By Murimi Gitari, October 17, 2022
Agatha Ngotho, a journalist for the Star newspaper emerged the winner of the Open Forum on Agricultural Biotechnology in Africa (OFAB) media awards that recognizes journalist who report on agricultural biotechnology.
The agriculture journalist emerged the winner after submitting three stories on agricultural biotechnology with Vincent Anguche of Radio Citizen and Victor Muturi of Radio France International being announced for the 1st Runners up position.
The Open Forum on Agricultural Biotechnology in Africa (OFAB) Kenya Media Awards honors journalist who have distinguished themselves in the coverage of agricultural biotechnology on Tv, radio, print and online.
Dr Margaret Karembu, Director of ISAAA-AfriCenter (International Service for the Acquisition of Agri-biotech Applications Africa region who is also the chairperson of OFAB applauded the media’s contribution towards the crop biotech progress.
“The media have critically sensitised and educated the Kenyan public on crop biotechnology hence stimulating dialogue on its effective utilisation,” she said.
Receiving the award on behalf of Agatha, her spouse thanked the organizers noting that she has been submitting entries for the award in the previous years but she had not successfully emerged a winner.
Dr Karembu applauded the winners, and all who had submitted their entries for the award and appreciated their role in dissemination of factual information on agricultural biotechnology.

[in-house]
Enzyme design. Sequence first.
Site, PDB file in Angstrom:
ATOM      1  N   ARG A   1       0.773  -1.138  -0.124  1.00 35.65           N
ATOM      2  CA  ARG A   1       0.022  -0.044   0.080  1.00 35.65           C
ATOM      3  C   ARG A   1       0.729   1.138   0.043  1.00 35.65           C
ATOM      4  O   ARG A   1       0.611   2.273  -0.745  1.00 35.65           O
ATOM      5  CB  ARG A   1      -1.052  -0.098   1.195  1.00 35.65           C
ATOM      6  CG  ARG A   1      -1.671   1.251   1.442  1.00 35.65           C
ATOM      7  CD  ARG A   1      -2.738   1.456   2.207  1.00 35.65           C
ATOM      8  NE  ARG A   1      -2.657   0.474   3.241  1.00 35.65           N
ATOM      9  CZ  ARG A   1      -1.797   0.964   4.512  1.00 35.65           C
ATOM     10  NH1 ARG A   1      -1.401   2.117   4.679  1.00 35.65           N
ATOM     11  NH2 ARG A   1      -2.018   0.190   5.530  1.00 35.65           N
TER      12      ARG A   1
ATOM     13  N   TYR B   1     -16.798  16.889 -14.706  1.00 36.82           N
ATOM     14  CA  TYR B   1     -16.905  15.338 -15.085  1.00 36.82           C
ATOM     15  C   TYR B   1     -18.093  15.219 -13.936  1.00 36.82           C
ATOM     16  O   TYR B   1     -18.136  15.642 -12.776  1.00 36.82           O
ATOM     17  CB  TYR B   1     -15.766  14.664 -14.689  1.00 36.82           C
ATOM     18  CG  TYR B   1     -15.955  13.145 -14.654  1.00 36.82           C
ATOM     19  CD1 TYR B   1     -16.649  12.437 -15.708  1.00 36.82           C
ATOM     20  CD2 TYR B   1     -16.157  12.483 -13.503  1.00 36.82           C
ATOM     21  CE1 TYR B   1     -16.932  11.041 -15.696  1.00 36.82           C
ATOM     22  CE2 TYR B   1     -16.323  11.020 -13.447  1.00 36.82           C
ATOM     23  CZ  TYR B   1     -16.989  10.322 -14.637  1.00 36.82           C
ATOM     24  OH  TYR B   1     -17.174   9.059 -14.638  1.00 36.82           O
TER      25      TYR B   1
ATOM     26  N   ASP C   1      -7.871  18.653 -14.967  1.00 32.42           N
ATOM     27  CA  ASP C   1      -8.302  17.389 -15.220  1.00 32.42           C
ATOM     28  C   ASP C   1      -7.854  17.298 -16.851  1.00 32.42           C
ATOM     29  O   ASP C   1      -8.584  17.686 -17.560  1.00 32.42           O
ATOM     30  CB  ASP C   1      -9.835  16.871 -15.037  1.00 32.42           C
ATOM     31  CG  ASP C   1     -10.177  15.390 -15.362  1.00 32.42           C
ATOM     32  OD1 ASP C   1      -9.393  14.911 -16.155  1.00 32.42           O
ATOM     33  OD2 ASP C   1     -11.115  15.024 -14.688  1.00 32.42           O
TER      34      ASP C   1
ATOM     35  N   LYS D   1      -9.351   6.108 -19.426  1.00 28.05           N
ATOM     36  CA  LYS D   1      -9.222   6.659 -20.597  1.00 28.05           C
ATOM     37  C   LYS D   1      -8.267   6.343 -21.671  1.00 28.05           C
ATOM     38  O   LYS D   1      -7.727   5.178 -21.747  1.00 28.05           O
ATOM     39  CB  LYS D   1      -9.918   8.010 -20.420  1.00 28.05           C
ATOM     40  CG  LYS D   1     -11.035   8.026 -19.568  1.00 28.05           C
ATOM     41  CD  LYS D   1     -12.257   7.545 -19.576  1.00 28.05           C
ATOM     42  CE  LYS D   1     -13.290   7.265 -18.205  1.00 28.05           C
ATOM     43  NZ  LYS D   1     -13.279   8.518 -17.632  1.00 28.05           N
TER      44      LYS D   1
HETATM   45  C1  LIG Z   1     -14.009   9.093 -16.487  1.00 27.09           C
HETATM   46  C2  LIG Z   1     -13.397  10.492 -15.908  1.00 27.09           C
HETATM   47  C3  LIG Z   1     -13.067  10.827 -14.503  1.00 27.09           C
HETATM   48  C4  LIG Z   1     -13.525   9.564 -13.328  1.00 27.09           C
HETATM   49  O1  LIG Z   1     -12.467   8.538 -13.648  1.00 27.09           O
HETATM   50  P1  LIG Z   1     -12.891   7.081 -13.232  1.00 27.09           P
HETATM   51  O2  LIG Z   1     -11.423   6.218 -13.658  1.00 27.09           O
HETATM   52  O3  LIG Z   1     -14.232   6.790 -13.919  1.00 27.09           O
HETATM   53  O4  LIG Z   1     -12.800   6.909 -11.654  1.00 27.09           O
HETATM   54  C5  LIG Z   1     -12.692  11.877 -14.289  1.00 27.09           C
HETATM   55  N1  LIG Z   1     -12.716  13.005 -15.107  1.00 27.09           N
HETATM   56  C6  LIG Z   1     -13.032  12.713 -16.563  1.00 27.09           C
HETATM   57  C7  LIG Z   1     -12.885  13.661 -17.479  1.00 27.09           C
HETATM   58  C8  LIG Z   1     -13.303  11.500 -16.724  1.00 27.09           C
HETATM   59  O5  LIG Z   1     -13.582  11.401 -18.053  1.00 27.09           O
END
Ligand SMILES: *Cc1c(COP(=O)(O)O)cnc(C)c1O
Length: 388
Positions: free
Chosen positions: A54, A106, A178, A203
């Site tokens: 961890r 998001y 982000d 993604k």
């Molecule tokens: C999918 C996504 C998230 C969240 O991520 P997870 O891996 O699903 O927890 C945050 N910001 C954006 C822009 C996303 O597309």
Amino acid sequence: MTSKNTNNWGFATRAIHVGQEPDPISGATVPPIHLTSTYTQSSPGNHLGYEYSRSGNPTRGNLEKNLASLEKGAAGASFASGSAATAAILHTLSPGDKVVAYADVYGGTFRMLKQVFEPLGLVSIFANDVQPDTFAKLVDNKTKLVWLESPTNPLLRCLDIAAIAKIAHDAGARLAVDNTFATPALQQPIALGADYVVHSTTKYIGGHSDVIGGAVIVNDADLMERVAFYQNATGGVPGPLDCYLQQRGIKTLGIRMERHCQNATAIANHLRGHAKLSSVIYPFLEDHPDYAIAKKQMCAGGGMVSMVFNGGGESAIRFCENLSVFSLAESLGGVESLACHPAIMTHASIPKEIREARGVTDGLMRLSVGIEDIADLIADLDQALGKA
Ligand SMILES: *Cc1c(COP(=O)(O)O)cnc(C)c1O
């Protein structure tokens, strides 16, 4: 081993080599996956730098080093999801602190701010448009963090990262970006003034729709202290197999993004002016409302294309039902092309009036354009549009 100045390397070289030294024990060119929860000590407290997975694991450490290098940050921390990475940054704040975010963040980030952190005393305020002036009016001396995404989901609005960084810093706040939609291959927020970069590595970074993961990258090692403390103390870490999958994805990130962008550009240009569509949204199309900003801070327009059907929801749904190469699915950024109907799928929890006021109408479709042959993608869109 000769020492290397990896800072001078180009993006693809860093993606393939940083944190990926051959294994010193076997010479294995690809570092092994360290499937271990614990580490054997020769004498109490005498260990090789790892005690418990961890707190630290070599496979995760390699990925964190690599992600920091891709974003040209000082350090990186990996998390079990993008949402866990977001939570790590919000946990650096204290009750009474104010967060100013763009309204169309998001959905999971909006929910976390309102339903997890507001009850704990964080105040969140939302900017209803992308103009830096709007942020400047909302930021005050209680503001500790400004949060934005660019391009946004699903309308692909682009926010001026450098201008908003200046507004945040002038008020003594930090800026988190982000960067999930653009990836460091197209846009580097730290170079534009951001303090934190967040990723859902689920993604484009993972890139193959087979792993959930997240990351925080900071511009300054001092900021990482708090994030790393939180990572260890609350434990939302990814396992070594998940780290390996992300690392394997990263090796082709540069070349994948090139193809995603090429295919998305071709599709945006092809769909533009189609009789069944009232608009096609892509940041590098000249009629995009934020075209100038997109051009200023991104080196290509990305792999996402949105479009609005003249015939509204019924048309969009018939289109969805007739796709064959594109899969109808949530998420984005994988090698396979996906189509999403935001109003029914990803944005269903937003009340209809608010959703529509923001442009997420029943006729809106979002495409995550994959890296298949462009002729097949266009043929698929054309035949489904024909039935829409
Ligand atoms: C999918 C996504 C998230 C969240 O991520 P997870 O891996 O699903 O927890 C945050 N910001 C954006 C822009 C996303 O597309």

She also applauded the improvement in science reporting witnessed by the increased number of journalists who submitted entries in this year’s entry application as compared to the past, which has led to increased public understanding of the science behind agricultural biotechnology.
With support from OFAB, journalists have been instrumental in disseminating information on agricultural biotechnology from their interaction with experts conducting research and farmers.
Their stories have steadily increased awareness and recorded various attributes of technology and its contribution to the transformation of Africa’s agricultural sector.
Following the lifting of the ban on GMO crops by President William Ruto, Kenyan experts have called for depoliticisation of GMO’s.
Dr Karembu noted that GMO crops are based on empirical, analytical, and critical research and have been proven to be safe both for human consumption and the environment.
Gerald Masila, Executive Director, Eastern Africa Grain Council, who also spoke during the Gala Luncheon held at the Nairobi Serena Hotel, said that genetic modification has been employed in more than 70 countries globally to address challenges in agricultural production and there was no need for alarm to the farmers and citizens.
He also urged Kenyans to embrace innovations such asuse of GMOs in agriculture to address global and climatic challenges currently afflicting the world.
OFAB was established to share credible and evidence-based information on biotechnology as well as provide a platform for stakeholders to interact on agriculture biotechnology. It exists in 10 African countries –Burkina Faso, Ethiopia, Ghana, Kenya, Mozambique, Nigeria, Rwanda, Uganda, Tanzania and Malawi.
The winner and first runners up were selected by a panel of four judges that reviewed entries submitted by journalists from various media houses, in Kenya.